CHENNAI: The Madras High Court has pulled up the State and directed it to pay eight per cent interest to the identified heirs of manual scavengers who lost their lives in the course of manual scavenging and/or sewerage work from October 1, 2014 till the date of payment of Rs 10 lakh compensation.
“The State is under a bounden duty to prohibit manual scavenging and it cannot avoid its liability to compensate manual scavengers who lose their lives in the course of manual scavenging, by the reason of the inability of the State to stop manual scavenging,” the first bench of Chief Justice Indira Banerjee and Justice P T Asha said while disposing of the plea moved by Change India Organisation.
Acknowledging that six months would be a reasonable time for the State to identify the victims and pay compensation after the Supreme Court order dated March 27, 2014, the bench decided that the interest should be calculated from October 1, 2014.
“In our view, six months should have been a reasonable time to identify the families and pay compensation. There has been a delay,” the court said.
The petitioner said many families were given the compensation in two or three instalments and thus could not utilise the full compensation of `10 lakhs at a time. Hence, the petitioner said it was appropriate to pay interest on the compensation 30 days from the death of the victims till the date of actual realisation of full compensation.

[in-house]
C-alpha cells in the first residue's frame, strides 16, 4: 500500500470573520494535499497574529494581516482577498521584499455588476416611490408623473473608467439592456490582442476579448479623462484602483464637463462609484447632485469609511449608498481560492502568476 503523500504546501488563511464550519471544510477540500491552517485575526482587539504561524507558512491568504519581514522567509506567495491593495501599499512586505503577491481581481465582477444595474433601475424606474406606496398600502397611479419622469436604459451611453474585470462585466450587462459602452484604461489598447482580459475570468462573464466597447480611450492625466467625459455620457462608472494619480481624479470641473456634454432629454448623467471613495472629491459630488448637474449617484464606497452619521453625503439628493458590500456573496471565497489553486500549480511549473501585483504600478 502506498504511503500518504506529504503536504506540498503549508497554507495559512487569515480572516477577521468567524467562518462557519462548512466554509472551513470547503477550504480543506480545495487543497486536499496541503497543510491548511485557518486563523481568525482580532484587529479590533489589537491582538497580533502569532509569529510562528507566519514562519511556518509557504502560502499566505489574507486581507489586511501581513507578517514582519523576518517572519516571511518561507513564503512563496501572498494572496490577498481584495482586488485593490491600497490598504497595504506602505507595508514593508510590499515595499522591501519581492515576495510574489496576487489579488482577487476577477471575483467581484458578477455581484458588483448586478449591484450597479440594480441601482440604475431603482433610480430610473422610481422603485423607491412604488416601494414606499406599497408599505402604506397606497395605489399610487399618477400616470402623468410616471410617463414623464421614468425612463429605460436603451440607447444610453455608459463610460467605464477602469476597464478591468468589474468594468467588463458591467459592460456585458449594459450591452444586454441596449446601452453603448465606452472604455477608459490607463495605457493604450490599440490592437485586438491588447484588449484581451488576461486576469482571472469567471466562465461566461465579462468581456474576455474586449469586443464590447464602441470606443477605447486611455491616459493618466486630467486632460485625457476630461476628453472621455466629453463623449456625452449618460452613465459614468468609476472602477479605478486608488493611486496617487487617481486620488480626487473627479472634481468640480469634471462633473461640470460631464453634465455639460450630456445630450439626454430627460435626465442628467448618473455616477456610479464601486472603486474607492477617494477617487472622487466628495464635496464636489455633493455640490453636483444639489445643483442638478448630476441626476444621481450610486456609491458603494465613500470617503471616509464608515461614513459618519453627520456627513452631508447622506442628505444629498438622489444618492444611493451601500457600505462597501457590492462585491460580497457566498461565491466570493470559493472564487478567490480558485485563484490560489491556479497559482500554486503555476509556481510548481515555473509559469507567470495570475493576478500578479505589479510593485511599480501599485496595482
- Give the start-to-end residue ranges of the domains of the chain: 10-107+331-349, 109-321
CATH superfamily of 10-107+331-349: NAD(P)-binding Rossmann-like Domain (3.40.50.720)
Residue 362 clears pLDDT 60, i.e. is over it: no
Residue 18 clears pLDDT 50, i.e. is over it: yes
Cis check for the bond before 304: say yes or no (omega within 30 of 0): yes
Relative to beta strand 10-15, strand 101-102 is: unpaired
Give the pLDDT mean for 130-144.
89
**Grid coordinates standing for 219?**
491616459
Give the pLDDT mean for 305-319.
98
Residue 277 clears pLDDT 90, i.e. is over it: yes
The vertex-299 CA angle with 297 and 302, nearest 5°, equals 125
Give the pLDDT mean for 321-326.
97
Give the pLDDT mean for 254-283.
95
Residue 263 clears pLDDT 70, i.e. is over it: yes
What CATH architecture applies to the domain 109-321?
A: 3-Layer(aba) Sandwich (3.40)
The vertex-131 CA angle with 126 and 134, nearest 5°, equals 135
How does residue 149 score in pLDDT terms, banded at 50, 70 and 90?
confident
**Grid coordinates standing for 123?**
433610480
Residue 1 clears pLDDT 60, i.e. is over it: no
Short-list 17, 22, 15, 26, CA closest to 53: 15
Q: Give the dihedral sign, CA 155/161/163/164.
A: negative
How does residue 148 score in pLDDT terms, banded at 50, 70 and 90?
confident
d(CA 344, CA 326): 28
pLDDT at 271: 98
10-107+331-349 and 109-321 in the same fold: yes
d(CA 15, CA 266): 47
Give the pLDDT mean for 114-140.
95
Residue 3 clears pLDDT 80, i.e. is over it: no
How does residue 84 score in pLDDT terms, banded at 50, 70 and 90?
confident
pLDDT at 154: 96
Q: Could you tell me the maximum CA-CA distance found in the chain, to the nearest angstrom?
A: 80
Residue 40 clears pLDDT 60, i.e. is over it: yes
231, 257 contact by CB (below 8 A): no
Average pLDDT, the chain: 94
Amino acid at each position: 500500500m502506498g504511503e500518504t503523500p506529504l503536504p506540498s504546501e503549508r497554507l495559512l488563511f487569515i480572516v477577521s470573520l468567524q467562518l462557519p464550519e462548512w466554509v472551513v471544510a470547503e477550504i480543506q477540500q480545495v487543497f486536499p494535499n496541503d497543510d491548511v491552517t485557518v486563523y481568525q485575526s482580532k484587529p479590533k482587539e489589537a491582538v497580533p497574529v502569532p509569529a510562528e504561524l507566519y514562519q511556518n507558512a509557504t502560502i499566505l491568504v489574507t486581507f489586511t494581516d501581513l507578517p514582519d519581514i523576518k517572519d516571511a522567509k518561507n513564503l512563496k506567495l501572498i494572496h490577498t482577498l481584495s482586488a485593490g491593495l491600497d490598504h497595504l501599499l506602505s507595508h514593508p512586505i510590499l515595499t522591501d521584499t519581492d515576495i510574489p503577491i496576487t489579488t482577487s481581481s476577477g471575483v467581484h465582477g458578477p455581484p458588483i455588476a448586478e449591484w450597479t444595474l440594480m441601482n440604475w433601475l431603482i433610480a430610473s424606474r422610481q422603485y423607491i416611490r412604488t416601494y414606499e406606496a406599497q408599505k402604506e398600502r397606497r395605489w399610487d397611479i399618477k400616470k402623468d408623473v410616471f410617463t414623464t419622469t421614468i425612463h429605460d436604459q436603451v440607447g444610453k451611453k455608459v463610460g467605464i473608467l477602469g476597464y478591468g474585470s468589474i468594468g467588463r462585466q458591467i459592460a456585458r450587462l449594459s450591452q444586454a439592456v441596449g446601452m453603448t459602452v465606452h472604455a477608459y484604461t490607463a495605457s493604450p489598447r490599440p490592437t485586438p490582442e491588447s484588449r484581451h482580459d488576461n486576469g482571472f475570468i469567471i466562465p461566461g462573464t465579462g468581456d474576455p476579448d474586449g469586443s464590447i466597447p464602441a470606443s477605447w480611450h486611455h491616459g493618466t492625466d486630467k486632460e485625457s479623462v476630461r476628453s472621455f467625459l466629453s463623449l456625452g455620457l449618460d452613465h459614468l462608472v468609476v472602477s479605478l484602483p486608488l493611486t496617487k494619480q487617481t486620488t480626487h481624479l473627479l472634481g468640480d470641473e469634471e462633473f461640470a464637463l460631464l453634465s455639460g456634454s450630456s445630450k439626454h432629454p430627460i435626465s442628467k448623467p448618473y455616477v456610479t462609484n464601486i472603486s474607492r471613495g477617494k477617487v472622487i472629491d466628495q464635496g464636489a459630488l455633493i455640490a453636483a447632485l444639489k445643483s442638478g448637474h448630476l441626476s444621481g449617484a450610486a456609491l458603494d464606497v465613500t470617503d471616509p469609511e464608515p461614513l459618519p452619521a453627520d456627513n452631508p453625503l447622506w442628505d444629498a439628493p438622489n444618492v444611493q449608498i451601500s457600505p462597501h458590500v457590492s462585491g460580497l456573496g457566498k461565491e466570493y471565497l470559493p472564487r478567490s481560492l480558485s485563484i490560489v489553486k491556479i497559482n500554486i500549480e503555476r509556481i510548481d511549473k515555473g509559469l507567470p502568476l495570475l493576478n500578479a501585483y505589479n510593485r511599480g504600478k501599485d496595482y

“In view of the judgment of the Supreme Court, which did not provide interest, we are unable to accede to the prayer of the petitioner for granting interest to the families concerned from the date of death of the manual scavenger concerned,” the bench said.
The court added that the said judgment and order had “three limbs.” This consisted of the practice of manual scavenging as being directed to be closed; the persons included in the final list of manual scavengers to be rehabilitated and a compensation of `10 lakh to be paid to the dependent family members of all persons, who died in sewerage work (manholes, septic tanks) since 1993.
‘Conflicting’ verdicts on TRB exam opposed
Chennai: A group of candidates who cleared the exam for recruitment in government polytechnics, conducted by Teachers Recruitment Board (TRB), has approached the High Court again on appeal after two conflicting judgments of Madras High Court. One judgment set aside the decision of TRB to cancel the entire direct recruitment process for 1,058 vacancies in government polytechnics in view of alleged irregularities, while the other upheld the decision of the government. The petitioners claimed that the ‘tainted candidates’ could be easily segregated. Calling the decision of the government to cancel the entire recruitment, ‘arbitrary,’ the petitioners said this would result in undue delay, and hence the present petition.